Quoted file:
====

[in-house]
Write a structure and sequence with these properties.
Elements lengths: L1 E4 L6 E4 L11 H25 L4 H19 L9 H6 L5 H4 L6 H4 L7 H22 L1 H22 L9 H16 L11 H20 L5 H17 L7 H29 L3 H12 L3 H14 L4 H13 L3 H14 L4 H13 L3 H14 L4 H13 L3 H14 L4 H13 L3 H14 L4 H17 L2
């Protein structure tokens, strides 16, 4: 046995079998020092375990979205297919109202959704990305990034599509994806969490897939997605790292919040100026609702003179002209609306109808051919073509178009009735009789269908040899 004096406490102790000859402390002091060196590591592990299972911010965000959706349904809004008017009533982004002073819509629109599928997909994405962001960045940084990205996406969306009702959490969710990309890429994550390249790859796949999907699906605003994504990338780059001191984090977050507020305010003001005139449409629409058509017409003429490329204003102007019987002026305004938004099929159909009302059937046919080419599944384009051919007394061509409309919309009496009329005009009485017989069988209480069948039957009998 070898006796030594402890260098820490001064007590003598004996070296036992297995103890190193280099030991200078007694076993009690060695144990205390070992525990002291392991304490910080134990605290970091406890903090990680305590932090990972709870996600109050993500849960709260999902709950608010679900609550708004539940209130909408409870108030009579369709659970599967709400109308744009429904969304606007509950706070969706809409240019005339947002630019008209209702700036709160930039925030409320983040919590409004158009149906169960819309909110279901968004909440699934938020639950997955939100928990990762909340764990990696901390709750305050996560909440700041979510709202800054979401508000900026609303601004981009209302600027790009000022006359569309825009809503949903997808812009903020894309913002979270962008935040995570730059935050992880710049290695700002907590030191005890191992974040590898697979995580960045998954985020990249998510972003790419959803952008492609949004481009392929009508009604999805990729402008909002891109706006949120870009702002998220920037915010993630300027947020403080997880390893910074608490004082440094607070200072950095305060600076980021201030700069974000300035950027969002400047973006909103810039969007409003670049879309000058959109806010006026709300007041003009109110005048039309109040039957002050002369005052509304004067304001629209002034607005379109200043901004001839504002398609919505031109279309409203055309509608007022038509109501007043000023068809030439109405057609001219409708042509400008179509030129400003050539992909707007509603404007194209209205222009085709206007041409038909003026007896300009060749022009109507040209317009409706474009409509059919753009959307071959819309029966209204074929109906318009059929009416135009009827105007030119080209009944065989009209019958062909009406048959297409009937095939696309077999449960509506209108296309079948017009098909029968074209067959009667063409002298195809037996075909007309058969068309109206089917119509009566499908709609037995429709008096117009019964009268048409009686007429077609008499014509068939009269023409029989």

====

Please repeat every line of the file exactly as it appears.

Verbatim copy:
[in-house]
Write a structure and sequence with these properties.
Elements lengths: L1 E4 L6 E4 L11 H25 L4 H19 L9 H6 L5 H4 L6 H4 L7 H22 L1 H22 L9 H16 L11 H20 L5 H17 L7 H29 L3 H12 L3 H14 L4 H13 L3 H14 L4 H13 L3 H14 L4 H13 L3 H14 L4 H13 L3 H14 L4 H17 L2
């Protein structure tokens, strides 16, 4: 046995079998020092375990979205297919109202959704990305990034599509994806969490897939997605790292919040100026609702003179002209609306109808051919073509178009009735009789269908040899 004096406490102790000859402390002091060196590591592990299972911010965000959706349904809004008017009533982004002073819509629109599928997909994405962001960045940084990205996406969306009702959490969710990309890429994550390249790859796949999907699906605003994504990338780059001191984090977050507020305010003001005139449409629409058509017409003429490329204003102007019987002026305004938004099929159909009302059937046919080419599944384009051919007394061509409309919309009496009329005009009485017989069988209480069948039957009998 070898006796030594402890260098820490001064007590003598004996070296036992297995103890190193280099030991200078007694076993009690060695144990205390070992525990002291392991304490910080134990605290970091406890903090990680305590932090990972709870996600109050993500849960709260999902709950608010679900609550708004539940209130909408409870108030009579369709659970599967709400109308744009429904969304606007509950706070969706809409240019005339947002630019008209209702700036709160930039925030409320983040919590409004158009149906169960819309909110279901968004909440699934938020639950997955939100928990990762909340764990990696901390709750305050996560909440700041979510709202800054979401508000900026609303601004981009209302600027790009000022006359569309825009809503949903997808812009903020894309913002979270962008935040995570730059935050992880710049290695700002907590030191005890191992974040590898697979995580960045998954985020990249998510972003790419959803952008492609949004481009392929009508009604999805990729402008909002891109706006949120870009702002998220920037915010993630300027947020403080997880390893910074608490004082440094607070200072950095305060600076980021201030700069974000300035950027969002400047973006909103810039969007409003670049879309000058959109806010006026709300007041003009109110005048039309109040039957002050002369005052509304004067304001629209002034607005379109200043901004001839504002398609919505031109279309409203055309509608007022038509109501007043000023068809030439109405057609001219409708042509400008179509030129400003050539992909707007509603404007194209209205222009085709206007041409038909003026007896300009060749022009109507040209317009409706474009409509059919753009959307071959819309029966209204074929109906318009059929009416135009009827105007030119080209009944065989009209019958062909009406048959297409009937095939696309077999449960509506209108296309079948017009098909029968074209067959009667063409002298195809037996075909007309058969068309109206089917119509009566499908709609037995429709008096117009019964009268048409009686007429077609008499014509068939009269023409029989």